Intro: I still remember that Christmas night a long time ago when I was about twelve or thirteen years old. It was a Sunday night and all of our gifts had been opened. My family and I had settled down in the den to watch TV, when suddenly we saw car lights pull into our driveway. I soon spotted my uncle and his family getting out of the car with Christmas presents. My mom yelled “Christmas presents.” Uncle Gordon and aunt Ruth had never come to our house, not at Christmas, not anytime. As for Christmas presents, we had never exchanged gifts before, now with no warning they were approaching the house bearing gifts.
My mom went into a panic. The most unacceptable thing in all of the world, at least for mom, was to be given a gift, but not have a gift to give in return. A plan quickly formed. She told my dad to entertain them while she and I would quickly wrap some gifts for them. I think we gave them some of the gifts we had received that Christmas.
That bottle of High Karate after shave lotion that my uncle received that night didn’t have a lot of thought put in it. It was a gift of necessity. It was a gift of duty or obligation. It was gift born out of social pressure.
It happens to the best of us. When I worked at the hardware store many years ago, men would come into the store searching for a Christmas gift for their wife. They often came in on Christmas Eve and the look of desperation covered their faces. In those days a lot of wives ended up with toasters, waffle irons, blenders, and a new set of pots and pans for Christmas and they never knew that a young clerk at the hardware store choose their gift for them.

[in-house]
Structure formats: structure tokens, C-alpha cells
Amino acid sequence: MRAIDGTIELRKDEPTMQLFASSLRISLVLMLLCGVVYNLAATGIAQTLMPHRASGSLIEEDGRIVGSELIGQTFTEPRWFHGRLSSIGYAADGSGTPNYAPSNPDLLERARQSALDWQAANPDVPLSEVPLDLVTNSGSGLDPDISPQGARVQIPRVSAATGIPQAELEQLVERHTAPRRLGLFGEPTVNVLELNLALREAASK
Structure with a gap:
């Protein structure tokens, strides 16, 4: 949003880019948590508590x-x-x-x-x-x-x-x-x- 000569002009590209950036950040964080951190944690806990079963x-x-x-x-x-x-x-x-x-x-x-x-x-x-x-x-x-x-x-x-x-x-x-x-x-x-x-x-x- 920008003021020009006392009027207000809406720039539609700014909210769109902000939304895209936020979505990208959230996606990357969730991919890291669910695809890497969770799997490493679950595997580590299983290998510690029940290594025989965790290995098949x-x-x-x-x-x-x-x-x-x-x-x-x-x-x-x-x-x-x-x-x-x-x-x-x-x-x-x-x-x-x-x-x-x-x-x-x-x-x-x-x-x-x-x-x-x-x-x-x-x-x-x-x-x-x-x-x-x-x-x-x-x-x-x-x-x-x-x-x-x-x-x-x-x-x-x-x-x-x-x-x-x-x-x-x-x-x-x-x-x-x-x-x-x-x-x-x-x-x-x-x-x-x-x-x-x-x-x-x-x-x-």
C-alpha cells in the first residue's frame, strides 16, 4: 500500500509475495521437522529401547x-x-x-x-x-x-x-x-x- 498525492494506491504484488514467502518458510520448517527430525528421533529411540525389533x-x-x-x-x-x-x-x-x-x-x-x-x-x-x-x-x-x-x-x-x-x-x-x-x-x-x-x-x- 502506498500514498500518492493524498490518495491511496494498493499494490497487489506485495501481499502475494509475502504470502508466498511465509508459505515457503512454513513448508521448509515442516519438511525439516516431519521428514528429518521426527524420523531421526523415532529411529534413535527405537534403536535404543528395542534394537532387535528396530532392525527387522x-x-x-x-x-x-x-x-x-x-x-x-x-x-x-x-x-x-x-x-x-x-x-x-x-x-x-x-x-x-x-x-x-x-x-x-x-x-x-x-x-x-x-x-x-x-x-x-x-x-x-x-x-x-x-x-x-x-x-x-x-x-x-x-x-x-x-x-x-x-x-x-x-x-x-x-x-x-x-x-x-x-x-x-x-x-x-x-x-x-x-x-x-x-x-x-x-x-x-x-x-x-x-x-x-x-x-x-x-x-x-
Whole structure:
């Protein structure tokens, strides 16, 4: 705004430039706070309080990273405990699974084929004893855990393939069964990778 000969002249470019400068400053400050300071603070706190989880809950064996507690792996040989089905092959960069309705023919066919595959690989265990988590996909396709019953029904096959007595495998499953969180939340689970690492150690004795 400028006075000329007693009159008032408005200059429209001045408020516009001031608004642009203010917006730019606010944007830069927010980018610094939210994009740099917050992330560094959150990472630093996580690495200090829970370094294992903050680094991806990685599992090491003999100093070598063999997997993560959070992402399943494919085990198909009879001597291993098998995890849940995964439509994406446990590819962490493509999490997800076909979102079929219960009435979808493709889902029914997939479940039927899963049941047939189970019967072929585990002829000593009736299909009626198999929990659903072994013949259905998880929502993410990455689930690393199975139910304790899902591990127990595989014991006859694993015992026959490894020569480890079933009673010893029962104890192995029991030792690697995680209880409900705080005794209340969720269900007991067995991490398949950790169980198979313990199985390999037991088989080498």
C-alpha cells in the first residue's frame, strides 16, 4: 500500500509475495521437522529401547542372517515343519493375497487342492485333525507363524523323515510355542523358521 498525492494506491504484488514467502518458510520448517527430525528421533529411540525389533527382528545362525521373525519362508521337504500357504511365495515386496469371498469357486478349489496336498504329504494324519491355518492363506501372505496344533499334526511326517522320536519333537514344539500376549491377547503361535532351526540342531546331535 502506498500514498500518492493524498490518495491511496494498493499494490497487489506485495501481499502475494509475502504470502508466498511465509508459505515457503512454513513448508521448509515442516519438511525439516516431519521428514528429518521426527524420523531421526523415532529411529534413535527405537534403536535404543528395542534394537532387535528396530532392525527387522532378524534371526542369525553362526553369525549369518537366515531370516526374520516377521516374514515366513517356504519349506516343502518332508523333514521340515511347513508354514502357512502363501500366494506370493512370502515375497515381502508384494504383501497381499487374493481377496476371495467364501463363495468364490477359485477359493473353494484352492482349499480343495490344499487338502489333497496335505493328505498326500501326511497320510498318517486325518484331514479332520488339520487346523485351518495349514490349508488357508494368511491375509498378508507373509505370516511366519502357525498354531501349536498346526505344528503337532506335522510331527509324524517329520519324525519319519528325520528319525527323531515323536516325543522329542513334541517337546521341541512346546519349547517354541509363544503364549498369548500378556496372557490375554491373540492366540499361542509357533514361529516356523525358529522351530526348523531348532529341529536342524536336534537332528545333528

I wonder how often God receives from us a lot of pots and pans that He didn’t ask for, didn’t want, didn’t appreciate because they were substitutes for the gifts He desired most. What I mean is that we often give God stuff that are substitutes for what He wants.
Unthoughtful giving is worst than no giving at all. It’s a gift that’s all about us. We often do it in order to not look bad. We don’t want to be criticized or talked about. We give because it’s our duty, or our obligation.
The right kind of giving doesn’t focus on us, but on the one who is to receive the gift.
In our text for today, the Psalmist, King David, shows us that thanksgiving should come from the heart. It shouldn’t be the product of duty, obligation, or because it’s the fourth Thursday of November. In these two short verses we see a man who has thought deeply about the God who made him, who called him, who guided him, and who protected him.
Read with me our text in . It’s also found in your pew Bibles on page 572.
I’m sure I’m not thankful enough. If I was as thankful as I should be, I’d never have a pity party, never get depressed, or ever get upset. Being thankful is all about focusing on the positives. This is something our nation has largely forgotten how to do. This is something that we often forget to do.